MINNEAPOLIS, Minn. (KMSP) - The Minneapolis City Council approved a new temporary site for its homeless encampment at a meeting Wednesday.
The encampment and its emergency navigation center will now be moved to 2109 Cedar Avenue, a site currently owned by the Red Lake Nation.
In a release, the city of Minneapolis said the goal is to open the navigation center this fall. Hennepin County, nonprofit partners and the community said it will take the lead on developing and implementing the services at the navigation center with support from the city.
Minneapolis also said a longer-term solution is in the works. A new transitional housing program geared toward Native Americans experiencing chronic homelessness is part of the solution. The council will hear more about this Oct. 24.
The City Council approved the move unanimously Wednesday following a Minneapolis Housing and Development Committee discussion prior. Earlier this week, the council voted to delay the decision due to pushback in the community.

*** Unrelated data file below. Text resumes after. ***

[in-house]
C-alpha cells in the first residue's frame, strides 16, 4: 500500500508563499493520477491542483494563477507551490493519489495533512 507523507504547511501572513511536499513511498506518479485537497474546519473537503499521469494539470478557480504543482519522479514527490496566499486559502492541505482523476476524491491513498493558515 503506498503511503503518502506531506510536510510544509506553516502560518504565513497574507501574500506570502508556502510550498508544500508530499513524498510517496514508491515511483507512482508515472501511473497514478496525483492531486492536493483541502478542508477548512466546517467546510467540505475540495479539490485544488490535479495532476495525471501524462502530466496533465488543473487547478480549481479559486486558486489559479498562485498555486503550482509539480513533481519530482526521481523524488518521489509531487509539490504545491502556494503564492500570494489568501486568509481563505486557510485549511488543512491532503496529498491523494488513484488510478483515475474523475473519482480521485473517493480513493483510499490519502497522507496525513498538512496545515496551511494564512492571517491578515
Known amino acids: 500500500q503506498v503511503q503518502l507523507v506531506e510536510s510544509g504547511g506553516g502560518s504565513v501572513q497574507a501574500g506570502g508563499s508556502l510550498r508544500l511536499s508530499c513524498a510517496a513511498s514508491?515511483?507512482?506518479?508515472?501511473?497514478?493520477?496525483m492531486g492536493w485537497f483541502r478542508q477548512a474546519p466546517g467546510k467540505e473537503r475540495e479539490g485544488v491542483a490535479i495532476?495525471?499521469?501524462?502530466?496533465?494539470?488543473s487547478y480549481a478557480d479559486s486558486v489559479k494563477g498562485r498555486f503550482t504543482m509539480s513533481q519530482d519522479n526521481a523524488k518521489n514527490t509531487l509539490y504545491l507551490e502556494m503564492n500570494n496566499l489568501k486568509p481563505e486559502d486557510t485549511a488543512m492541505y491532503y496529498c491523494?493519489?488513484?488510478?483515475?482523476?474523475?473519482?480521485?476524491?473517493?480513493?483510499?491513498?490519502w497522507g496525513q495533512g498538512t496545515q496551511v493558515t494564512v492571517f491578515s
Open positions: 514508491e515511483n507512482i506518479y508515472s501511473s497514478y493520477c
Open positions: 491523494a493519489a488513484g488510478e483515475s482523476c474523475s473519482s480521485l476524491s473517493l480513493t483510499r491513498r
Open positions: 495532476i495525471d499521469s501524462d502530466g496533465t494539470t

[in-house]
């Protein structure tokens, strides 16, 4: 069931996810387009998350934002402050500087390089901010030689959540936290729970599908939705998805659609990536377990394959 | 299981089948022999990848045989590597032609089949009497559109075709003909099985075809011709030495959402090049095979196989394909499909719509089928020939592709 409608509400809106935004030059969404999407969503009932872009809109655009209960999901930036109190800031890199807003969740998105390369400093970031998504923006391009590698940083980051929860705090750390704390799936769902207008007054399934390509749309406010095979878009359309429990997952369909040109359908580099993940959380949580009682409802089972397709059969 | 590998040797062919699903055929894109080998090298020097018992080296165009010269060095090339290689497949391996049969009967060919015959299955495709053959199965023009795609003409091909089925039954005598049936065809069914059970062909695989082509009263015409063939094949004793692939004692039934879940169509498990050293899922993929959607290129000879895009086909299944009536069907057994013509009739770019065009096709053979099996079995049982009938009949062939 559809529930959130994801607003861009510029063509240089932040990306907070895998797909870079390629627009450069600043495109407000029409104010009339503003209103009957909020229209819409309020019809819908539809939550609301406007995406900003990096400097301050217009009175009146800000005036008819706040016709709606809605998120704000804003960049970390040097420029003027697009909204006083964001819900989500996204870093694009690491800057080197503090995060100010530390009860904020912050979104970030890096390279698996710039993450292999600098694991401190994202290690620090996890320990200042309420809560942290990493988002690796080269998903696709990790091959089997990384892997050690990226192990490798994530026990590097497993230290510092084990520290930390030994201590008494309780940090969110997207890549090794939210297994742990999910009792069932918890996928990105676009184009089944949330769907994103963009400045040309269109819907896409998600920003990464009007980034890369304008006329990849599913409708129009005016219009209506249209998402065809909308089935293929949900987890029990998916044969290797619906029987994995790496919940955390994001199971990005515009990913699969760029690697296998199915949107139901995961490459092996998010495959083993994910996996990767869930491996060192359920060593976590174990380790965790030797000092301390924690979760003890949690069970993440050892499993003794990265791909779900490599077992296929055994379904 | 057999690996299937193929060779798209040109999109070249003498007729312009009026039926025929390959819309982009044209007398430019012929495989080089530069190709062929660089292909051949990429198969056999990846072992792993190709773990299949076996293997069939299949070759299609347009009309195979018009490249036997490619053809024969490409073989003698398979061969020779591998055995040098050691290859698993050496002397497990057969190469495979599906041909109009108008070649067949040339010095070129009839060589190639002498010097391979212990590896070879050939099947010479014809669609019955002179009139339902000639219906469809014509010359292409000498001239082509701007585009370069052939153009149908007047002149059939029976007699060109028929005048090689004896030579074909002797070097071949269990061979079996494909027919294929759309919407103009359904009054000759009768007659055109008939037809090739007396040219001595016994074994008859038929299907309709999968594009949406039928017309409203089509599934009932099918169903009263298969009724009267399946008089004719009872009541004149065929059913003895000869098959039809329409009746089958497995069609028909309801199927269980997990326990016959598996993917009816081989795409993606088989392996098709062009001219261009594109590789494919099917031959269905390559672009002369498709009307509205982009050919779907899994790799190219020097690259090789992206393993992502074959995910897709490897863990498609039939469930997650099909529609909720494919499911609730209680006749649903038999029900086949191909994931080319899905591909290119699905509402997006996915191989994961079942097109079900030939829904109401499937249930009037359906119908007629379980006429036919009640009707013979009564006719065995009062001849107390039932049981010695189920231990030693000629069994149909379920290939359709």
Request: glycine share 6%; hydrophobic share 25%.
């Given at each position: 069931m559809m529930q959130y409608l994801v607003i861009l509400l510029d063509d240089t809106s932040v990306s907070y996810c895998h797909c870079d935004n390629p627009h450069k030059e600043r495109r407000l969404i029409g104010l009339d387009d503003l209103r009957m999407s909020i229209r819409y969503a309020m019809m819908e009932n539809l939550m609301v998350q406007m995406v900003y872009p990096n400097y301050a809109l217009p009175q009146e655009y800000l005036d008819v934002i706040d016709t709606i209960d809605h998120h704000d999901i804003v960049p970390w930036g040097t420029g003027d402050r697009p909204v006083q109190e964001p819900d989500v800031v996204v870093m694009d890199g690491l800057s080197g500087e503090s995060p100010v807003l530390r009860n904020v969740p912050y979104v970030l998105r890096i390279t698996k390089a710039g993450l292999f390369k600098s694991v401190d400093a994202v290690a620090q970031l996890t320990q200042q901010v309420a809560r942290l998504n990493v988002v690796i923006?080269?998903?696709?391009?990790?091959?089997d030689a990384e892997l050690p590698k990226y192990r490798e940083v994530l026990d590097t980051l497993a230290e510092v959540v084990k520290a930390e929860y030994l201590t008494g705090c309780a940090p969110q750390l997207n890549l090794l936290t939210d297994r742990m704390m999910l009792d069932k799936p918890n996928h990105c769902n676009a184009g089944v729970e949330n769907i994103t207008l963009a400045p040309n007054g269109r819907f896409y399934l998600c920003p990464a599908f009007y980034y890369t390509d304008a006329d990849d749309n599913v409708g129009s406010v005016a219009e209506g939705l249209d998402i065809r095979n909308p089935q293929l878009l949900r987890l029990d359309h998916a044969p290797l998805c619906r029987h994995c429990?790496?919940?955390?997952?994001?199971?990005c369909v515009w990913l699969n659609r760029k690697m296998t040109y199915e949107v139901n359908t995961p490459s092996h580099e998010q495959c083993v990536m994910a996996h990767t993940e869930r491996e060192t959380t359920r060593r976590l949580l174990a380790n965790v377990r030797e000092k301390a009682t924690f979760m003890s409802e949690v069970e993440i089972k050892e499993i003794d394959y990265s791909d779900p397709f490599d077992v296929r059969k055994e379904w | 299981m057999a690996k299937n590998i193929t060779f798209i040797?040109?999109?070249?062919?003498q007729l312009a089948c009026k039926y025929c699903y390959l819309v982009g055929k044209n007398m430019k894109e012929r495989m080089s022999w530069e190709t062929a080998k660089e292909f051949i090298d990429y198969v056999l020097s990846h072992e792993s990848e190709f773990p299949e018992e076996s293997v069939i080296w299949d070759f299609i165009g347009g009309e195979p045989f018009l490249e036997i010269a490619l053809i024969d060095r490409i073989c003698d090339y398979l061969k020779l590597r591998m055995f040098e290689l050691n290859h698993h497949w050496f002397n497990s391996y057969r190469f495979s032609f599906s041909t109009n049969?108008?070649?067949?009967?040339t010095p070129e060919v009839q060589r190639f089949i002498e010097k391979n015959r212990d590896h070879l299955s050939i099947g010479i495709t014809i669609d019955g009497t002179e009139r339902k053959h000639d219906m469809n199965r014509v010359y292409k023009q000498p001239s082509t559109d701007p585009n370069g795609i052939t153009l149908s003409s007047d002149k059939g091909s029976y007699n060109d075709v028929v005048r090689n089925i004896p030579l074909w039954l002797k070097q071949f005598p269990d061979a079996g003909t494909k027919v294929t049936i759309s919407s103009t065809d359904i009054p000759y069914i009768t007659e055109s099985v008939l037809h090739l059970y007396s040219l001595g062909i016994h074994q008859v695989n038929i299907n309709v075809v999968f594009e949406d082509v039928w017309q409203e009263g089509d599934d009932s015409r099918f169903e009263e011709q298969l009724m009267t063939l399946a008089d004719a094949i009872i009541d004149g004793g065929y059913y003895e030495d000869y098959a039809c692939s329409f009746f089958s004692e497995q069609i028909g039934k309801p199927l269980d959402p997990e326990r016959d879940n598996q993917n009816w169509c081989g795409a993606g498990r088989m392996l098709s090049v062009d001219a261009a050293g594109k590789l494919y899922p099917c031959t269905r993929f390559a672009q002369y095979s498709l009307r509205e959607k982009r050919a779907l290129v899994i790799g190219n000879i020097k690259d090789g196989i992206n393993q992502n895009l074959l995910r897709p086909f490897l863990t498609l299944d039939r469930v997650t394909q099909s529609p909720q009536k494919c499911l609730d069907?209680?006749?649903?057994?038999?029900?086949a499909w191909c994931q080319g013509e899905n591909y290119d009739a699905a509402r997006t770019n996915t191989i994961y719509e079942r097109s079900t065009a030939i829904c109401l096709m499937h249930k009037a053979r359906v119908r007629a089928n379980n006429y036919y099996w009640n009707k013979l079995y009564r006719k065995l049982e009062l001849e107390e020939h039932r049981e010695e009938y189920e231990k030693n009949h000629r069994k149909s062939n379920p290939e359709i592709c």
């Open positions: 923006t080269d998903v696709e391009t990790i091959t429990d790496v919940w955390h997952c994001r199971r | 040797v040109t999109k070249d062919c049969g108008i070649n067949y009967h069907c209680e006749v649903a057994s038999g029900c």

Minneapolis Mayor Jacob Frey met with leaders from 11 Minnesota tribal nations and Gov. Mark Dayton after last week's meeting, which is how the new site became an option. All 11 tribes supported the 2109 Central Avenue site, according to Frey's office.
Frey released a statement about his council's approval Wednesday:
Thank you to tribal leadership for stepping up, and particularly the Red Lake Nation, for offering an important option for the temporary navigation center. Today’s Council vote is a positive step forward and reaffirms that the site at 2109 Cedar Avenue South is culturally appropriate and equipped to provide for the safety and health of people currently living at the encampment along Hiawatha Avenue.
As city staff turns its attention to preparing the site as quickly as possible, I will continue working with my colleagues in City Hall, neighboring jurisdictions, and the native community to continue the extensive outreach essential for a smooth transition to 2109. Our work will continue to be done in partnership with the native community and will be guided by several overriding goals: protecting everyone's health and safety, providing supportive social services, and ultimately finding more permanent housing options for our communities experiencing homelessness.